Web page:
SHANGHAI, Aug 31 (Reuters) - China stocks fell on Thursday morning and looked past a survey showing stronger-than-expected factory activity, as some investors took profits at the end of an upbeat earning season that is set to cap the third month in the black for the market.
Hong Kong stocks also took a breather, easing from the highest level in 27 months, but the benchmark index is poised to rise for the eighth month in a row.
China's blue-chip CSI300 index fell 0.8 percent, to 3,802.32 points by the lunch break. The Shanghai Composite Index lost 0.7 percent, to 3,341.83 points, but still stands comfortably above the 3,300-point mark - previously a strong resistance.
"There's fundamental support for SSEC to rise further above 3,300 points, but there needs to be adequate consolidation," Gui Haoming, analyst at Shenwan Hongyuan Securities, wrote in his latest market commentary.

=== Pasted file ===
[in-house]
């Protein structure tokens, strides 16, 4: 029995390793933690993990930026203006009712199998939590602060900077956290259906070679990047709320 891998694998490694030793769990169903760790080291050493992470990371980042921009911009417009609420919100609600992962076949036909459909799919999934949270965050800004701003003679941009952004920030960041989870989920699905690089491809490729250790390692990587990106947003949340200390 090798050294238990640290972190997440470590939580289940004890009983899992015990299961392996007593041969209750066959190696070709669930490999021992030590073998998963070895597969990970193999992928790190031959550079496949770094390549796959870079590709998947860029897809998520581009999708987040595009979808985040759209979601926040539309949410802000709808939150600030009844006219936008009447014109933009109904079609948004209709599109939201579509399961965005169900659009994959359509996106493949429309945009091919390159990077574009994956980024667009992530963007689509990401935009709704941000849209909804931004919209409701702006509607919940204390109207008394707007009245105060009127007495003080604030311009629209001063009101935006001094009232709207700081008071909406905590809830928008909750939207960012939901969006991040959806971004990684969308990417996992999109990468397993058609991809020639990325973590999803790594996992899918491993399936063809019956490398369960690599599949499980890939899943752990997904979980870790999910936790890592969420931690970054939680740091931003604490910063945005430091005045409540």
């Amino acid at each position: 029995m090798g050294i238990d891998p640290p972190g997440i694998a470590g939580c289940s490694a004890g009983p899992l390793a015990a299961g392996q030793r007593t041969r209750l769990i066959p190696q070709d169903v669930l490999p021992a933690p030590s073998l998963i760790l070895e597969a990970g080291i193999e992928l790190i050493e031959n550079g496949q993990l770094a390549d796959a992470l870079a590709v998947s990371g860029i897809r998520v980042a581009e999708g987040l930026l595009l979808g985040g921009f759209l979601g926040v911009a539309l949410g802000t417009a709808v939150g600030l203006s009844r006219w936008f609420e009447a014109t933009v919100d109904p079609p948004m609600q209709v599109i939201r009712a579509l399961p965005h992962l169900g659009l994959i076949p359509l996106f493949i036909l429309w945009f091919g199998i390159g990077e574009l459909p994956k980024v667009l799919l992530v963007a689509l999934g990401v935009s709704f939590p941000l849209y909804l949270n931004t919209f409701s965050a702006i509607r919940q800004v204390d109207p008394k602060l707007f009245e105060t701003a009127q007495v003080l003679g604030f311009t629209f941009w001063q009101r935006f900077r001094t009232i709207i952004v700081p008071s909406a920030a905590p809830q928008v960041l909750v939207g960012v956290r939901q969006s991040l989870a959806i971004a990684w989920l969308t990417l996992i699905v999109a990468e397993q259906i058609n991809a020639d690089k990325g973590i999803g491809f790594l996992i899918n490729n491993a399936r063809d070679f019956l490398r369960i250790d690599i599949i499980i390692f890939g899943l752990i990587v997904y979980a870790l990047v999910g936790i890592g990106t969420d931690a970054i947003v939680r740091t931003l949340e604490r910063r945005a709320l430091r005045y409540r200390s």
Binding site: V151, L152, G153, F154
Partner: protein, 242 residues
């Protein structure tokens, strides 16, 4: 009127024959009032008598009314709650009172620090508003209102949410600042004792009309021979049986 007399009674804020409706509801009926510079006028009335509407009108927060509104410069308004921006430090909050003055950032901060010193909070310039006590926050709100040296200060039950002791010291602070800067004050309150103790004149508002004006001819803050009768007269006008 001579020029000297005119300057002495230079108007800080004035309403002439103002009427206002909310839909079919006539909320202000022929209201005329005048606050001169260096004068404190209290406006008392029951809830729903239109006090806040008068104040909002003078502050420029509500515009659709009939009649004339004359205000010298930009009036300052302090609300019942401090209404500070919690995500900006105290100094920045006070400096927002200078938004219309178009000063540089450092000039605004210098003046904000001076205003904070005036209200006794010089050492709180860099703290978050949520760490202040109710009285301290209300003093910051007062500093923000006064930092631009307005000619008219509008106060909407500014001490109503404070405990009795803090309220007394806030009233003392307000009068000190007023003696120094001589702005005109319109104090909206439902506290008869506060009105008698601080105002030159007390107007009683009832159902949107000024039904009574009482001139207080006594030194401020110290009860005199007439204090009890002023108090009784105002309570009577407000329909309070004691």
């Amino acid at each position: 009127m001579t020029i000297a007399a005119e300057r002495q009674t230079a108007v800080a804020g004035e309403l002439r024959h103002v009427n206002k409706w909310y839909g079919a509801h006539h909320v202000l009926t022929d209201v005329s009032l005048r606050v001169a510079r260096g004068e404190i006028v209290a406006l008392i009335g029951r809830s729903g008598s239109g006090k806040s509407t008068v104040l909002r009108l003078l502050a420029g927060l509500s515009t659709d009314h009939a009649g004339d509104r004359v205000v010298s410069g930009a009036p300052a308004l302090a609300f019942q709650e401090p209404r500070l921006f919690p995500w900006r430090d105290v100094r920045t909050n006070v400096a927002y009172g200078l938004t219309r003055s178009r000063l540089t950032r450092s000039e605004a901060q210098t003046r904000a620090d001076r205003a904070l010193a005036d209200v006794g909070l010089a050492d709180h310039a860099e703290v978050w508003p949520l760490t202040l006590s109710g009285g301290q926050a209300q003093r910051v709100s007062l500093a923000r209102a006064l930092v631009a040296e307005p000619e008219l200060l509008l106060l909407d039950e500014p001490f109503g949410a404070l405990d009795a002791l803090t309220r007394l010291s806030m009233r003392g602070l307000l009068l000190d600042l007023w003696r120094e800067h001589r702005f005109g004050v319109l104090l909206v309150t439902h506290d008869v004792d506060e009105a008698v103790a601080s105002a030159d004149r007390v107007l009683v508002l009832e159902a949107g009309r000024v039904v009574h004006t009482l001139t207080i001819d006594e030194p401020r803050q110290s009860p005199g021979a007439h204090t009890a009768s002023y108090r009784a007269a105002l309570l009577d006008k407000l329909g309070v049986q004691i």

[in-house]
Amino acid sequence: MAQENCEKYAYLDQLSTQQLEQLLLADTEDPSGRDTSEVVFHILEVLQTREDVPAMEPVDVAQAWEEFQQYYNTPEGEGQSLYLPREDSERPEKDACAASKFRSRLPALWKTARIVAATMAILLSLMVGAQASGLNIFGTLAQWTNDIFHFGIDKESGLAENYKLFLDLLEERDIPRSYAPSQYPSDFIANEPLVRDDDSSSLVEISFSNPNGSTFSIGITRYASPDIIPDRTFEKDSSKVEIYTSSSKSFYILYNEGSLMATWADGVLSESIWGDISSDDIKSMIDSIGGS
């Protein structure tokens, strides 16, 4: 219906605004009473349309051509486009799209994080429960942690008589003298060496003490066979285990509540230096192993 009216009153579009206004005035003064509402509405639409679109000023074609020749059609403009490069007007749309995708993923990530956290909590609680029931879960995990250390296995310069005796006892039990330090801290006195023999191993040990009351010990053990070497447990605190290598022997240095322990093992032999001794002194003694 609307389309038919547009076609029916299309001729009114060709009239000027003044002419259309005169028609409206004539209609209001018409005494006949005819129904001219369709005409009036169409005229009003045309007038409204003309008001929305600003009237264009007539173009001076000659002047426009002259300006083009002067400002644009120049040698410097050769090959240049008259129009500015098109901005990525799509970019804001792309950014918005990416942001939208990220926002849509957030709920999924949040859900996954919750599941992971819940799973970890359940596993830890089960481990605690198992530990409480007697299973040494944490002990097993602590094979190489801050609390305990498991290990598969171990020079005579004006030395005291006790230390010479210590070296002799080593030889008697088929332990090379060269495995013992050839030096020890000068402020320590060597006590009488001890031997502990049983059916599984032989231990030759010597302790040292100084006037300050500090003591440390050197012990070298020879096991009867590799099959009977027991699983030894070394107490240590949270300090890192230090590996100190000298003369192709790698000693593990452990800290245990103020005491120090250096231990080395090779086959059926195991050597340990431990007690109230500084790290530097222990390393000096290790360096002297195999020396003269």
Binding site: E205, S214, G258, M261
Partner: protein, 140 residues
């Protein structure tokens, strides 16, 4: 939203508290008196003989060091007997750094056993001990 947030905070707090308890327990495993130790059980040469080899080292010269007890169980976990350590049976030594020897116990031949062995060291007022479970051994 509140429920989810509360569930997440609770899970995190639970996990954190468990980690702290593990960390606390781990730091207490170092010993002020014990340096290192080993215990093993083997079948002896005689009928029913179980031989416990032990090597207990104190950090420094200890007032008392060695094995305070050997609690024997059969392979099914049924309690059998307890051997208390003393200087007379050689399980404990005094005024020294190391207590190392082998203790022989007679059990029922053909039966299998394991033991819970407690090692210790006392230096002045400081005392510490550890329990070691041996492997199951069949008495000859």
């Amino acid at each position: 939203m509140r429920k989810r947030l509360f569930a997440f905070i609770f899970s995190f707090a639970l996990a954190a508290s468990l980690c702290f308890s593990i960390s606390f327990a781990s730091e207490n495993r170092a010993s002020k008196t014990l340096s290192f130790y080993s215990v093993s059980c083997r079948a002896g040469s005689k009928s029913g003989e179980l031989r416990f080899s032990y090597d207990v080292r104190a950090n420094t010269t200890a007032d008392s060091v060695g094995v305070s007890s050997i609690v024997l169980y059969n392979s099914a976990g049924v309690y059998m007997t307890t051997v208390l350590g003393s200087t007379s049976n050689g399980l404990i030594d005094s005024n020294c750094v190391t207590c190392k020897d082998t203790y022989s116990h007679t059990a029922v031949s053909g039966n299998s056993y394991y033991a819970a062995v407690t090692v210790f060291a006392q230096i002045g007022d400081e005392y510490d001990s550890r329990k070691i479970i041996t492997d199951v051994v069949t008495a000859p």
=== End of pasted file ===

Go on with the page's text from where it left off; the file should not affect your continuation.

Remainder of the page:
More catalysts are needed to push the market higher, he added.
Investors largely ignored a survey showing growth in China's manufacturing sector unexpectedly accelerated in August, with some analysts questioning whether such a trend is sustainable.
"The latest official PMI readings suggest that China's manufacturing activity may have strengthened in August but point to weaker momentum in the rest of the economy," wrote Julian Evans-Pritchard, China economist at Capital Economics.
"Looking ahead, if we are right to believe that tighter policy will continue to weigh on investment spending in the coming quarters, then we doubt that the current pace of industrial output growth can be sustained for long."
Indeed, interbank rates have been trending higher, reflecting tighter liquidity conditions as banks brace for quarterly regulatory scrutiny at the end of next month.
The banking subindex fell 1.6 percent on Thursday morning after hitting the highest level in nearly two years, as investors pocketed gains, judging newly-published, strong results from China's biggest lenders have been fully priced in.
In Hong Kong, the Hang Seng index dropped 0.6 percent, to 27,929.90 points, while the Hong Kong China Enterprises Index lost 1.1 percent, to 11,249.55.
(Reporting by Samuel Shen and John Ruwitch; Editing by Shri Navaratnam)